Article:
Format binary file into hex string file
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BinaryFormatter
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README.md

BinaryFormatter

Simple command-line utility that reads in a binary file and converts it to a string representation of those bytes (e.g. single byte of "3C" converts to two characters "3" followed by "C").

Output options are any combination of:

  1. Text File
  2. Clipboard (to then paste via Control + V)
  3. Console (mostly for debugging / testing / research)

A feature / benefit of BinaryFormatter is that it splits the hex string across N lines of "ChunkSize" bytes each, with all lines prior to the final line being appended with the T-SQL line-continuation character: \. This makes it easier to work with long hex strings (anything over 100k characters).

This was originally intended for automating builds of SQLCLR projects (i.e. convert the DLL into a hex bytes string for the CREATE ASSEMBLY [name] FROM 0x\ statement) and for creating T-SQL scripts that create Certificates (i.e. convert the .cer file, and optionally the .pvk file, into a hex bytes strings for the CREATE CERTIFICATE [name] FROM BINARY = 0x\ statement). However, it can be used for many other purposes. And, if needed, it would be easy enough to add an input parameter to allow for overriding the line-continuation character (e.g. ^ for DOS).

Example

Source binary file = 0123456789ABCDEF

Output, using a ChunkSize of 3, contains:

012345\
6789AB\
CDEF

Requirements

.NET 4.5.2 (or newer)

Command Prompt / Automation Usage

BinaryFormatter path\to\binary_file_name.ext [ path\to\OutputFile.sql ] [ ChunkSize ]
	[ /Clipboard ] [ /Console ] [ /NoFile ]
  • ChunkSize = the number of bytes per row. A byte is 2 characters: 00 - FF.
  • /Clipboard = Copy output to clipboard (to then paste with Control-V)
  • /Console = Send output to console
  • /NoFile = Do not save to file, even if OutputFile is specified

Notes:

  • Default ChunkSize = 10000
  • Default OutputFile = {path\to\binary_file_name}.sql
  • Maximum line length = (ChunkSize * 2) + 1.
  • If ChunkSize is not supplied, the user is prompted to enter a value. A default value is shown inside square-brackets (e.g. [ 10000 ]), and hitting Enter without entering anything else will accept that default. Or, you can enter an integer value that is above zero. Any other value will cause the request to be repeated.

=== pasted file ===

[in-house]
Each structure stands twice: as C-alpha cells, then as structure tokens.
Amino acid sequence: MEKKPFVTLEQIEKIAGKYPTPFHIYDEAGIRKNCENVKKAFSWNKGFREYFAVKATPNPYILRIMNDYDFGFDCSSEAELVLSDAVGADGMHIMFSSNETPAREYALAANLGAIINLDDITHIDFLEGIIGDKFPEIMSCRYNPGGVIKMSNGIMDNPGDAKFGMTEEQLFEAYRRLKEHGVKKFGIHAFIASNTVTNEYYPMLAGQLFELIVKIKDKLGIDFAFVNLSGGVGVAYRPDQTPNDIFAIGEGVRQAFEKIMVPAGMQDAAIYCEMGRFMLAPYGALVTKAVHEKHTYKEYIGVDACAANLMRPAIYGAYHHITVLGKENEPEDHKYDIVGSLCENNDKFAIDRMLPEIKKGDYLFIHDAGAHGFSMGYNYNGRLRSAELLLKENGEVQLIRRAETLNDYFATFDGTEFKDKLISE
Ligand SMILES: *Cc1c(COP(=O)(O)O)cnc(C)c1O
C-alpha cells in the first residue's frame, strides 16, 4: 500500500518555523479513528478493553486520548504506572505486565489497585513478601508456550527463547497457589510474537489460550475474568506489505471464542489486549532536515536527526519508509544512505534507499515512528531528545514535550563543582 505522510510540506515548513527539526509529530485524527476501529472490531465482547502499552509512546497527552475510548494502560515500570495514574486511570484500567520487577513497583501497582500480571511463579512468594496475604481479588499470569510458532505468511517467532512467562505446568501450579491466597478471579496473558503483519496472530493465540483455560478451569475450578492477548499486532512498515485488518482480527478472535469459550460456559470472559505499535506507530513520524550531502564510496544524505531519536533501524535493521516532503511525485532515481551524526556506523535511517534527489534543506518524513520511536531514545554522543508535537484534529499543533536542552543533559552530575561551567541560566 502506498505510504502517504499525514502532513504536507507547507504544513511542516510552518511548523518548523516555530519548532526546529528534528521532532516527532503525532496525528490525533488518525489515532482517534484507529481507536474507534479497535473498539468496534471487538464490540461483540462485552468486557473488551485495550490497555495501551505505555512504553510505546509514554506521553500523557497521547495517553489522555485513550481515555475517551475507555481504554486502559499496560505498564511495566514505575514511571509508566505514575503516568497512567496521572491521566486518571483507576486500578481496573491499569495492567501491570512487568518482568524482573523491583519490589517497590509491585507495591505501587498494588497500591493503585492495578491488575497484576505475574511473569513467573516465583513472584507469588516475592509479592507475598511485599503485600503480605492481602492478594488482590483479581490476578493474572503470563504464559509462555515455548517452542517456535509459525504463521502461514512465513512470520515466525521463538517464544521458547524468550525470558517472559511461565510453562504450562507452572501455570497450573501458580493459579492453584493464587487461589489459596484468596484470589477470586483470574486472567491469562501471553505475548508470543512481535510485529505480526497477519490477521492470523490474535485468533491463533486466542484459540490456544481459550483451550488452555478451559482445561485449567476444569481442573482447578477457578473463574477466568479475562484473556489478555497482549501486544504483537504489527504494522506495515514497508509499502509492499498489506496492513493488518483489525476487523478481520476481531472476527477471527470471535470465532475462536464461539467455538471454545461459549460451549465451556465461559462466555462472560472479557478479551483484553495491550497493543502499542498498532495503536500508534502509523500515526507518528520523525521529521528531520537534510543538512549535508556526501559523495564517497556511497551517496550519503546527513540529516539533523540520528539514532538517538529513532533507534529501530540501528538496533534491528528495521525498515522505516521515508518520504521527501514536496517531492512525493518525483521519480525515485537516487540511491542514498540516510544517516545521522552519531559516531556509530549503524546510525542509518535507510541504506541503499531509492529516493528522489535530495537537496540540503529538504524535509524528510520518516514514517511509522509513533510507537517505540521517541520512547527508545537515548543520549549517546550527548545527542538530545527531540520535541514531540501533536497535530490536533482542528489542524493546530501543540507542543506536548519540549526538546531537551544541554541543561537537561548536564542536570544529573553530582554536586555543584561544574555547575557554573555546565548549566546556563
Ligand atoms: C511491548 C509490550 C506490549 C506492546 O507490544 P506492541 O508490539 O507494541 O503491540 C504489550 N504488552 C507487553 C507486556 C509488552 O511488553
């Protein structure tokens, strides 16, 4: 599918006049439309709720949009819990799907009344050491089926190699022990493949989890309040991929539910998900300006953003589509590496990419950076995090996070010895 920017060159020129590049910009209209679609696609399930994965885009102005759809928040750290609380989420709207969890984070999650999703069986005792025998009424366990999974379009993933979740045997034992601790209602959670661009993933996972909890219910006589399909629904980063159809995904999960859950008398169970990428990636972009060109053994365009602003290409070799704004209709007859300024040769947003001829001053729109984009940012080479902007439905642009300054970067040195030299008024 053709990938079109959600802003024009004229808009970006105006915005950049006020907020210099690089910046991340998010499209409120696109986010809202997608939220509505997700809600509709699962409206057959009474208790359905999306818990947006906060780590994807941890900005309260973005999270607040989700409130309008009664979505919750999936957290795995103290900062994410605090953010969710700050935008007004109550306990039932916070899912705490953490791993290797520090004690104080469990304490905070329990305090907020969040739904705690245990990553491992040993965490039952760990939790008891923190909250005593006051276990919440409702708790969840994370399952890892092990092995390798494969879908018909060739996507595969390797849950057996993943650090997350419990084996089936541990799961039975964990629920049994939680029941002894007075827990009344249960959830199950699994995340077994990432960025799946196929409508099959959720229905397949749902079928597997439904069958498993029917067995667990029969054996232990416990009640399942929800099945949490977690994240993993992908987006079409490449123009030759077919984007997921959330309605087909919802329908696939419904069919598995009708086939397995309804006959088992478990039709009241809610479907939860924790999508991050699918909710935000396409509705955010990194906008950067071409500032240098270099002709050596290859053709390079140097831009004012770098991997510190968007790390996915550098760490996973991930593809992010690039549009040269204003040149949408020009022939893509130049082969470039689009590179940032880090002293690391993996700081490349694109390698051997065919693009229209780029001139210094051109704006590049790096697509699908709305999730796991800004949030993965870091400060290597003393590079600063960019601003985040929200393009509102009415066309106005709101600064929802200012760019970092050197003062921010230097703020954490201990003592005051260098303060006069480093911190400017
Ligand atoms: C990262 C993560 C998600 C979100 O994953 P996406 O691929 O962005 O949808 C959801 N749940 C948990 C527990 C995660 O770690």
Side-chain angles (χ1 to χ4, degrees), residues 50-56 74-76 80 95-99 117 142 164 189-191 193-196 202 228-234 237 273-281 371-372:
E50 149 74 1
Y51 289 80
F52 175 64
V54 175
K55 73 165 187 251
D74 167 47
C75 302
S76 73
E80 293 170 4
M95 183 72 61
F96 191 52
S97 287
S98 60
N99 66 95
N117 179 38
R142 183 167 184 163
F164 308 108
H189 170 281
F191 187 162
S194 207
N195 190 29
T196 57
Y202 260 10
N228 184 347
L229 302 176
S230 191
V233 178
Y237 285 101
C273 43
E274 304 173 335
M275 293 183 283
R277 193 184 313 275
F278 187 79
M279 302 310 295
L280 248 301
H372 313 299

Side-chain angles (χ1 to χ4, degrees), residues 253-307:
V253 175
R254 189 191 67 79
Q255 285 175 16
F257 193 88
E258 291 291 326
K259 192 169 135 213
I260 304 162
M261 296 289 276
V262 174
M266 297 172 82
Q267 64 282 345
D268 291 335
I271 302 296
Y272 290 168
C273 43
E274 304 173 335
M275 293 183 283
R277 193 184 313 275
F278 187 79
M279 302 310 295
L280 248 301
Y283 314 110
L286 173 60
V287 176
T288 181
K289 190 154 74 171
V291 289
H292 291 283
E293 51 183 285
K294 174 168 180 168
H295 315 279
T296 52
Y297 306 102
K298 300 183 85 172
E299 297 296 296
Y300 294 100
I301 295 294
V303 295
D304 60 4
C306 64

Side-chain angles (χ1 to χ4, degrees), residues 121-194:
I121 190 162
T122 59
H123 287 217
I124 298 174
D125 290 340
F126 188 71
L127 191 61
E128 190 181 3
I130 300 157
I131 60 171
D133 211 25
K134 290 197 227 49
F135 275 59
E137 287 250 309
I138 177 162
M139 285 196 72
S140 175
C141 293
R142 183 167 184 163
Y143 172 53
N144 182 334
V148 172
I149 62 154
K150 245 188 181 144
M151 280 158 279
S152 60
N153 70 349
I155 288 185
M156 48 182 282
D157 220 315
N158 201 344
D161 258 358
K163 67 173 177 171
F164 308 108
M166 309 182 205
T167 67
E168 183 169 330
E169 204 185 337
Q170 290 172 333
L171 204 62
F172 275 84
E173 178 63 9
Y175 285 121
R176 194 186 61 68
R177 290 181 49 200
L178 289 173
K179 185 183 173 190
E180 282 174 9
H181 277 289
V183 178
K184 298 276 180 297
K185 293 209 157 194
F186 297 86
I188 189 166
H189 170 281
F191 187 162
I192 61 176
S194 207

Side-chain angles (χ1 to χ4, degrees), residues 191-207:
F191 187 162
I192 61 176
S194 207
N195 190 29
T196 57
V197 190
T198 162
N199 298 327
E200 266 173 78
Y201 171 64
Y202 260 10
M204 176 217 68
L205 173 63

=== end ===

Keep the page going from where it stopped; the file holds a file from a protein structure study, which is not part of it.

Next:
Point-and-Click / "Send to" Usage

BinaryFormatter.exe can be used as a "Send to" destination so that you can easily convert binary files in Windows File Explorer simply by right-clicking on them, going to "Send to", and selecting BinaryFormatter.

To set this up, do the following:

  1. Open File Explorer
  2. Navigate to the C:\Users\{your_windows_logon}\AppData\Roaming\Microsoft\Windows\SendTo folder
  3. Right-click in that folder, go to New >, and select Shortcut (2nd from the top)
  4. Click the Browse... button
  5. Select BinaryFormatter.exe and click the OK button
  6. Click the Next button
  7. Change the name to: Binary Formatter
  8. Click the Finish button

    At this point you have a shortcut that will always prompt you to enter in a ChunkSize value, or at least just hit Enter to accept the default value, and will save to a file (no Console or Clipboard) using the default filename. If you want to convert files without being prompted to specify the Chunk Size, and/or if you some other combination of output options, do the following:

  9. Right-click on the Binary Formatter shortcut and select Properties
  10. Go to the Shortcut tab
  11. In the Target: text field, add any combination of the following options to the right of ...BinaryFormatter.exe:
    • An <integer> >= 1 (for ChunkSize). I find that a value between 39 and 70 works best for scripts that will be posted online, and up to 10,000 (the default) is fine for Assemblies in release scripts.
    • /Clipboard
    • /Console
    • /NoFile
  12. For the Run: drop-down, select Minimized
  13. Click the OK button

And, you can even have multiple shortcuts, each one with a different combination of options 😄 .

Example Target:

I use the following for testing. I use a ChunkSize of 39 since 39 bytes * 2 = 78 characters, plus 1 for the backslash = 79 characters total on all but the final line (unless there is only a single line, then no backslash), which is under the 80 character limit of some environments.

...BinaryFormatter.exe 39 /Clipboard /NoFile

Roadmap

Create a separate Visual Studio project that re-uses relevant portions of the code and compile into a DLL / Assembly. The purpose would be to allow for direct use within code or frameworks that can reference Assemblies. The result would be a simple method call that returns a string (and/or creates an output file) which can be used inline, and no need to shell out to run an executable and then, most likely, read in the contents of the output file.